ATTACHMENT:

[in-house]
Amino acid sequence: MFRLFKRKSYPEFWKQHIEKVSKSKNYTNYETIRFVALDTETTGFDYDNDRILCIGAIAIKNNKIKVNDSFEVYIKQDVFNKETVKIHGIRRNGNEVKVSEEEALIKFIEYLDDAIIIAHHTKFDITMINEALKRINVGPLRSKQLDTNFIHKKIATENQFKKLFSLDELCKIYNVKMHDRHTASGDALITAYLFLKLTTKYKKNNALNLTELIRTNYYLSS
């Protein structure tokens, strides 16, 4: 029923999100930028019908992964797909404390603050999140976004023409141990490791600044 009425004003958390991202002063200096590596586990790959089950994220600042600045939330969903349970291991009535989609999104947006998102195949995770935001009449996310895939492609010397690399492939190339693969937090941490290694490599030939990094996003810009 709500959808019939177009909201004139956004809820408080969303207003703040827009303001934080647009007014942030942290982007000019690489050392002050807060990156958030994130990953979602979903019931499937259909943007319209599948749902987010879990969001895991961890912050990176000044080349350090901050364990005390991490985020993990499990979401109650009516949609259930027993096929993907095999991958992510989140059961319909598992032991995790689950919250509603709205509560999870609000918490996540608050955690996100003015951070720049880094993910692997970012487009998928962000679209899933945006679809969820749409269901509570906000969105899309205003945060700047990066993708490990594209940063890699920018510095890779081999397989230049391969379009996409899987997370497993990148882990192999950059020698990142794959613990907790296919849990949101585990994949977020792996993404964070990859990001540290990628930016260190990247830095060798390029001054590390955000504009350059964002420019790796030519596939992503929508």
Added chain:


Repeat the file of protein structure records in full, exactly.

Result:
[in-house]
Amino acid sequence: MFRLFKRKSYPEFWKQHIEKVSKSKNYTNYETIRFVALDTETTGFDYDNDRILCIGAIAIKNNKIKVNDSFEVYIKQDVFNKETVKIHGIRRNGNEVKVSEEEALIKFIEYLDDAIIIAHHTKFDITMINEALKRINVGPLRSKQLDTNFIHKKIATENQFKKLFSLDELCKIYNVKMHDRHTASGDALITAYLFLKLTTKYKKNNALNLTELIRTNYYLSS
């Protein structure tokens, strides 16, 4: 029923999100930028019908992964797909404390603050999140976004023409141990490791600044 009425004003958390991202002063200096590596586990790959089950994220600042600045939330969903349970291991009535989609999104947006998102195949995770935001009449996310895939492609010397690399492939190339693969937090941490290694490599030939990094996003810009 709500959808019939177009909201004139956004809820408080969303207003703040827009303001934080647009007014942030942290982007000019690489050392002050807060990156958030994130990953979602979903019931499937259909943007319209599948749902987010879990969001895991961890912050990176000044080349350090901050364990005390991490985020993990499990979401109650009516949609259930027993096929993907095999991958992510989140059961319909598992032991995790689950919250509603709205509560999870609000918490996540608050955690996100003015951070720049880094993910692997970012487009998928962000679209899933945006679809969820749409269901509570906000969105899309205003945060700047990066993708490990594209940063890699920018510095890779081999397989230049391969379009996409899987997370497993990148882990192999950059020698990142794959613990907790296919849990949101585990994949977020792996993404964070990859990001540290990628930016260190990247830095060798390029001054590390955000504009350059964002420019790796030519596939992503929508």
Added chain: